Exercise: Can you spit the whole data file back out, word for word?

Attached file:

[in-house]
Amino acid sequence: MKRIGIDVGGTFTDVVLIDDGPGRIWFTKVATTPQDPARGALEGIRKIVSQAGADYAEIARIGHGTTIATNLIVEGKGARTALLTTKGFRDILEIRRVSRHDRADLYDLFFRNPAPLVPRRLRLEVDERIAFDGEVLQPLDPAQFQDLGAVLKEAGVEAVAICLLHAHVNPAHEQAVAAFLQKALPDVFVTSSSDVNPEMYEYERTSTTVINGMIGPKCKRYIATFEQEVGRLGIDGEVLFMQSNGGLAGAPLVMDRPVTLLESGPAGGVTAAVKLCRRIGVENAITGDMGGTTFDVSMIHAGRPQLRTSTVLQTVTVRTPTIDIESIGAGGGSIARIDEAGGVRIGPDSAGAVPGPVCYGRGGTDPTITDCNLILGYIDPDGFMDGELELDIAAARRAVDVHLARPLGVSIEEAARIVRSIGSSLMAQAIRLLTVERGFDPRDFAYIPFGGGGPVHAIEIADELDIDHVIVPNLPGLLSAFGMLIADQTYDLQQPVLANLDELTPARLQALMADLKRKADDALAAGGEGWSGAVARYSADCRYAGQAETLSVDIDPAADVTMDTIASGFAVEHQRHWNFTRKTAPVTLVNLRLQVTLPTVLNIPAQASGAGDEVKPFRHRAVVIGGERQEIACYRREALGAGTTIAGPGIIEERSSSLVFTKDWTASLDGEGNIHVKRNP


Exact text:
[in-house]
Amino acid sequence: MKRIGIDVGGTFTDVVLIDDGPGRIWFTKVATTPQDPARGALEGIRKIVSQAGADYAEIARIGHGTTIATNLIVEGKGARTALLTTKGFRDILEIRRVSRHDRADLYDLFFRNPAPLVPRRLRLEVDERIAFDGEVLQPLDPAQFQDLGAVLKEAGVEAVAICLLHAHVNPAHEQAVAAFLQKALPDVFVTSSSDVNPEMYEYERTSTTVINGMIGPKCKRYIATFEQEVGRLGIDGEVLFMQSNGGLAGAPLVMDRPVTLLESGPAGGVTAAVKLCRRIGVENAITGDMGGTTFDVSMIHAGRPQLRTSTVLQTVTVRTPTIDIESIGAGGGSIARIDEAGGVRIGPDSAGAVPGPVCYGRGGTDPTITDCNLILGYIDPDGFMDGELELDIAAARRAVDVHLARPLGVSIEEAARIVRSIGSSLMAQAIRLLTVERGFDPRDFAYIPFGGGGPVHAIEIADELDIDHVIVPNLPGLLSAFGMLIADQTYDLQQPVLANLDELTPARLQALMADLKRKADDALAAGGEGWSGAVARYSADCRYAGQAETLSVDIDPAADVTMDTIASGFAVEHQRHWNFTRKTAPVTLVNLRLQVTLPTVLNIPAQASGAGDEVKPFRHRAVVIGGERQEIACYRREALGAGTTIAGPGIIEERSSSLVFTKDWTASLDGEGNIHVKRNP